Endocrinol Metab.  2015 Mar;30(1):35-44. 10.3803/EnM.2015.30.1.35.

NF-kappaB-Mediated Regulation of Osteoclastogenesis

  • 1Department of Pathology and Laboratory Medicine, University of Rochester Medical Center, Rochester, NY, USA. Brendan_Boyce@urmc.rochester.edu


Osteoclasts are multinucleated cells formed mainly on bone surfaces in response to cytokines by fusion of bone marrow-derived myeloid lineage precursors that circulate in the blood. Major advances in understanding of the molecular mechanisms regulating osteoclast formation and functions have been made in the past 20 years since the discovery that their formation requires nuclear factor-kappa B (NF-kappaB) signaling and that this is activated in response to the essential osteoclastogenic cytokine, receptor activator of NF-kappaB ligand (RANKL), which also controls osteoclast activation to resorb (degrade) bone. These studies have revealed that RANKL and some pro-inflammatory cytokines, including tumor necrosis factor, activate NF-kappaB and downstream signaling, including c-Fos and nuclear factor of activated T-cells, cytoplasmic 1 (NFATc1), and inhibition of repressors of NFATc1 signaling, to positively regulate osteoclast formation and functions. However, these cytokines also activate NF-kappaB signaling that can limit osteoclast formation through the NF-kappaB signaling proteins, TRAF3 and p100, and the suppressors of c-Fos/NFATc1 signaling, IRF8, and RBP-J. This paper reviews current understanding of how NF-kappaB signaling is involved in the positive and negative regulation of cytokine-mediated osteoclast formation and activation.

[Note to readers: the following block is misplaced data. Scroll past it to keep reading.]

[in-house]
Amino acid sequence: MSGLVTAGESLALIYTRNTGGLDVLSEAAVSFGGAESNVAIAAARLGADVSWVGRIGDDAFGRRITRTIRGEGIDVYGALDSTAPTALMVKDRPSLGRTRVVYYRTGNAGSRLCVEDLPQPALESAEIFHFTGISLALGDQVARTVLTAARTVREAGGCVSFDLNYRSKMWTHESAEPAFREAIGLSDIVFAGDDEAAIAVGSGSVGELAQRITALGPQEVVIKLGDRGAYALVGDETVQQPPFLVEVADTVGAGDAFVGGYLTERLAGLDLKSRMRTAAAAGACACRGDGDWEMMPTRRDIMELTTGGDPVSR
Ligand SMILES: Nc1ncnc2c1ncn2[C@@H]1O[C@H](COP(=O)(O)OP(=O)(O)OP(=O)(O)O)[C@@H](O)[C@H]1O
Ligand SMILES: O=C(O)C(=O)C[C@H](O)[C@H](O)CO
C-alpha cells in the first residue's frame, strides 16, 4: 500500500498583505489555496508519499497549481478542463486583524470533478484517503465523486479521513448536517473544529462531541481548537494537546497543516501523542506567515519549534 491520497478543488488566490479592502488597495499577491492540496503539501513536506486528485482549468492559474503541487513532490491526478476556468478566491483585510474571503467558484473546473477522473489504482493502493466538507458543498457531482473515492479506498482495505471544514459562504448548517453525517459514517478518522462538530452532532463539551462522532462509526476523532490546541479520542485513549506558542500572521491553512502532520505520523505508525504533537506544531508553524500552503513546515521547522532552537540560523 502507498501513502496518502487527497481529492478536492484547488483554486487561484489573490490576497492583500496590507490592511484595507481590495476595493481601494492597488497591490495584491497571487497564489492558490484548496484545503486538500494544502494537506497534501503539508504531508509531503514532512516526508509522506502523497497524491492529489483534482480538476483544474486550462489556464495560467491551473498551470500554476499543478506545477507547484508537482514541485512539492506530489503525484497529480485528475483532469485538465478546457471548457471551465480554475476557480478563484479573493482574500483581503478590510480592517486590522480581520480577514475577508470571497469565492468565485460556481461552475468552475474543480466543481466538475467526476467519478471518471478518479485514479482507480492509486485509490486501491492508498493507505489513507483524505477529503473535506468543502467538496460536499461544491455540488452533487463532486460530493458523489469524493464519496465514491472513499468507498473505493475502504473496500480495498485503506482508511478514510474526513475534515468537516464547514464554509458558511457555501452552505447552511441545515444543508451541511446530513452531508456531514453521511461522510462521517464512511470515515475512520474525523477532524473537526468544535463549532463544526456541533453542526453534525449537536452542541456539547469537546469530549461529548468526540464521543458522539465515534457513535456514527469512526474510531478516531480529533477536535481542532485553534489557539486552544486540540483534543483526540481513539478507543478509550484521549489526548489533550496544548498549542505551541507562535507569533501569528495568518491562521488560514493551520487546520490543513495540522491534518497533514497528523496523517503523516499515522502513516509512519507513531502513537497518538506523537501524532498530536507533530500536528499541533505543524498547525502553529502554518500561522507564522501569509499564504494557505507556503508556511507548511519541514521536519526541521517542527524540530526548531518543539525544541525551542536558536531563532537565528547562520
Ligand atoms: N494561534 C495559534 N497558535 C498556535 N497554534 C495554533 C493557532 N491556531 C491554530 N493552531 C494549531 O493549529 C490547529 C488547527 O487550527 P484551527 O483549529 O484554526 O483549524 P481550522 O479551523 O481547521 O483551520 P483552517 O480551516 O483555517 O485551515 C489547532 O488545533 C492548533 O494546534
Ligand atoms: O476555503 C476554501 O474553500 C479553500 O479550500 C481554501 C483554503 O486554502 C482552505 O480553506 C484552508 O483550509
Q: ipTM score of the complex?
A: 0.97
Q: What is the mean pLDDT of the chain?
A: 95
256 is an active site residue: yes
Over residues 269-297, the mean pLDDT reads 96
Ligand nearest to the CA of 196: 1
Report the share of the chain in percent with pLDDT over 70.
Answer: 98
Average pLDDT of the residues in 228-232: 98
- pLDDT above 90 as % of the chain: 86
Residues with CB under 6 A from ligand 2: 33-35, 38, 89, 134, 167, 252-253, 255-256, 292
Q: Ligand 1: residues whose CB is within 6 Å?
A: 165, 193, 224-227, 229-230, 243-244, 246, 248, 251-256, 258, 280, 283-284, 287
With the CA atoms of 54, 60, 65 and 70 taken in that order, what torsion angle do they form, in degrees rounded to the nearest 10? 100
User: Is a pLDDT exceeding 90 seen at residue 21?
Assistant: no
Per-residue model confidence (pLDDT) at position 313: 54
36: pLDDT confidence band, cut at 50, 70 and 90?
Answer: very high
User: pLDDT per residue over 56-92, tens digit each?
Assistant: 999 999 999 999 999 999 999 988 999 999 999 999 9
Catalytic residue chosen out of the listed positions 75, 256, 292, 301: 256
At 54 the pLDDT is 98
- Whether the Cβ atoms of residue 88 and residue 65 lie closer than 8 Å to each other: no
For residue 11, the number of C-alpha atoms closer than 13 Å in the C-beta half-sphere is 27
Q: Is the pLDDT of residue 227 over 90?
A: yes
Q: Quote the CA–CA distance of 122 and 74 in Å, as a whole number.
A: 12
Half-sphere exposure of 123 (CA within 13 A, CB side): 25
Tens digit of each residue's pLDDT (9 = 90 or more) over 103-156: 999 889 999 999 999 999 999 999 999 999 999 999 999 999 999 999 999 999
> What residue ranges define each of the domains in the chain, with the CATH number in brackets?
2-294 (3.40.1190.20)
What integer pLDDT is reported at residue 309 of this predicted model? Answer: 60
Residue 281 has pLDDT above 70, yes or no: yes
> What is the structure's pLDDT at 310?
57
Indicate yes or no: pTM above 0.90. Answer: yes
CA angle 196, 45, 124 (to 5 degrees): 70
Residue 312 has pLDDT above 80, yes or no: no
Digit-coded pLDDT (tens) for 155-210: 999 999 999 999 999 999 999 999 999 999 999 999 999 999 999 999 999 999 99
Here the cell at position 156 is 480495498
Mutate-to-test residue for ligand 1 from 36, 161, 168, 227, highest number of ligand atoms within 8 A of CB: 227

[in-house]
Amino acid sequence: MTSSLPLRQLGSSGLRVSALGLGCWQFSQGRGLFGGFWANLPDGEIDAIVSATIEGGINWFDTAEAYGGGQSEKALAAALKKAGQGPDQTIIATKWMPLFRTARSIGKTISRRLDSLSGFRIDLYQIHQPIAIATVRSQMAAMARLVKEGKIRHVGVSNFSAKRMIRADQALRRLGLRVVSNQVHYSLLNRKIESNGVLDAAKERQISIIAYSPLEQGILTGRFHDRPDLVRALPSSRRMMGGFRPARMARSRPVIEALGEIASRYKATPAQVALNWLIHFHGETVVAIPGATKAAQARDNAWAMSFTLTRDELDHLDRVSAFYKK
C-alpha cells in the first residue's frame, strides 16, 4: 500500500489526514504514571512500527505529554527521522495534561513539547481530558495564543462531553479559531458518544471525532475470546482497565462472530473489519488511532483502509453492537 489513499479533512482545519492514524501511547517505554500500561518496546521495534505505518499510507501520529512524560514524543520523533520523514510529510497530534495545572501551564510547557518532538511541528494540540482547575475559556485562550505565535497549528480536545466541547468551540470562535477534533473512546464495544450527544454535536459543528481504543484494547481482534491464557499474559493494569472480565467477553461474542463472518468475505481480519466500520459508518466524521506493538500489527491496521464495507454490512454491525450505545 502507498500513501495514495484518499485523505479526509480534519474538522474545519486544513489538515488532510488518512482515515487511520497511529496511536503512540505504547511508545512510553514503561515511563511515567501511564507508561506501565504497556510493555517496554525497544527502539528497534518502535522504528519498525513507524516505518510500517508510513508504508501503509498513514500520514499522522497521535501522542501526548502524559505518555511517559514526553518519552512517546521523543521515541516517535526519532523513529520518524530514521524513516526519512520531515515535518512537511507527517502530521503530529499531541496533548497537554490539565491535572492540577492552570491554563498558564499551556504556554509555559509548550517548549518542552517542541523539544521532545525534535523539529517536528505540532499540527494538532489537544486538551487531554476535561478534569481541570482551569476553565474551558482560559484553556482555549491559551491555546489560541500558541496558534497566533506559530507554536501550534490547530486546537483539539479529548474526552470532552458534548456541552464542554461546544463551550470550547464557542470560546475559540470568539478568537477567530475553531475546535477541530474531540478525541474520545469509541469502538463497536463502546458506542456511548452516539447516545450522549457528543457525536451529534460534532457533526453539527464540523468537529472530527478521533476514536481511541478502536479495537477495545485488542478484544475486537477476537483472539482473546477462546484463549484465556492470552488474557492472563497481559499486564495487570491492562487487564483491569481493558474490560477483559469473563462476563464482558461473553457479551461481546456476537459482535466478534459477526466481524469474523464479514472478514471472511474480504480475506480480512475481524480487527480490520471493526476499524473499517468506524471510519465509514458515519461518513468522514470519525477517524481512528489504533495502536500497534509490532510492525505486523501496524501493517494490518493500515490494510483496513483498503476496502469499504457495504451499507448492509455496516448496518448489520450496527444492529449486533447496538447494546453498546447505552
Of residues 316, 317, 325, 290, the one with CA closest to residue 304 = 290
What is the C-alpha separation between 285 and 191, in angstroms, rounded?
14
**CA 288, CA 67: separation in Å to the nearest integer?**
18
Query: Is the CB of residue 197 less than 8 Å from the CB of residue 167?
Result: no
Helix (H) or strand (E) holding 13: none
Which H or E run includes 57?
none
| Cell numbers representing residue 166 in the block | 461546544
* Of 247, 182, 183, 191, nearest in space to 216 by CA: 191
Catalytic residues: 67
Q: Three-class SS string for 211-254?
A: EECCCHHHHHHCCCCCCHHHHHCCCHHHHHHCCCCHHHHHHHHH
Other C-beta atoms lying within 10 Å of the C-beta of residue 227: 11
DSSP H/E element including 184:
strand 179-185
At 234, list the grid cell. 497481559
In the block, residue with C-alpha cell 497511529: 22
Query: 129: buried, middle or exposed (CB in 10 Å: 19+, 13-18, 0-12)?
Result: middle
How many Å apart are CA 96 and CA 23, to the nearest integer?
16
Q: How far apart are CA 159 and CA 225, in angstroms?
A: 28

NF-kappa B; Osteoclasts; RANK ligand; Tumor necrosis factor; TNF receptor-associated factor 3; NF-kappa B kinase

MeSH Terms

NF-kappa B
NFATC Transcription Factors
RANK Ligand
Receptor Activator of Nuclear Factor-kappa B
TNF Receptor-Associated Factor 3
Tumor Necrosis Factor-alpha
NF-kappa B
NFATC Transcription Factors
RANK Ligand
Receptor Activator of Nuclear Factor-kappa B
TNF Receptor-Associated Factor 3
Tumor Necrosis Factor-alpha


  • Fig. 1 Canonical and non-canonical nuclear factor-kappa B (NF-κB) signaling induced by receptor activator of NF-κB ligand (RANKL) and tumor necrosis factor (TNF). RANKL and TNF induce canonical signaling by recruiting TNF receptor (TNFR)-associated factor 6 (TRAF6) and TRAF2/5, respectively, to their receptors to activate a complex consisting of IκB kinase (IKK)-α, IKK-β and IKK-γ (NF-κB essential modulator, NEMO), which induces phosphorylation and degradation of IκB-α and the release of p65/p50 heterodimers, which translocate to the nucleus. This induces expression of c-Fos and nuclear factor of activated T-cells, cytoplasmic 1 (NFATc1), two other transcription factors necessary for osteoclast precursor differentiation, as well as the inhibitory κB protein, NF-κB p100. In un-stimulated cells, p100 binds to RelB to prevent its translocation to the nucleus. RANKL induces the ubiquitination and lysosomal degradation of TRAF3 through TRAF2/cellular inhibitor of apoptosis 1/2 (cIAP1/2), releasing NF-κB-inducing kinase (NIK) to activate (phosphorylate) IKK-α, which leads to proteasomal processing of p100 to p52; RelB:p52 heterodimers then go to the nucleus to induce target gene expression. TNF does not degrade TRAF3, and thus NIK is degraded, leading to the accumulation of p100 in the cytoplasm of osteoclast precursors to limit their differentiation [3,4].


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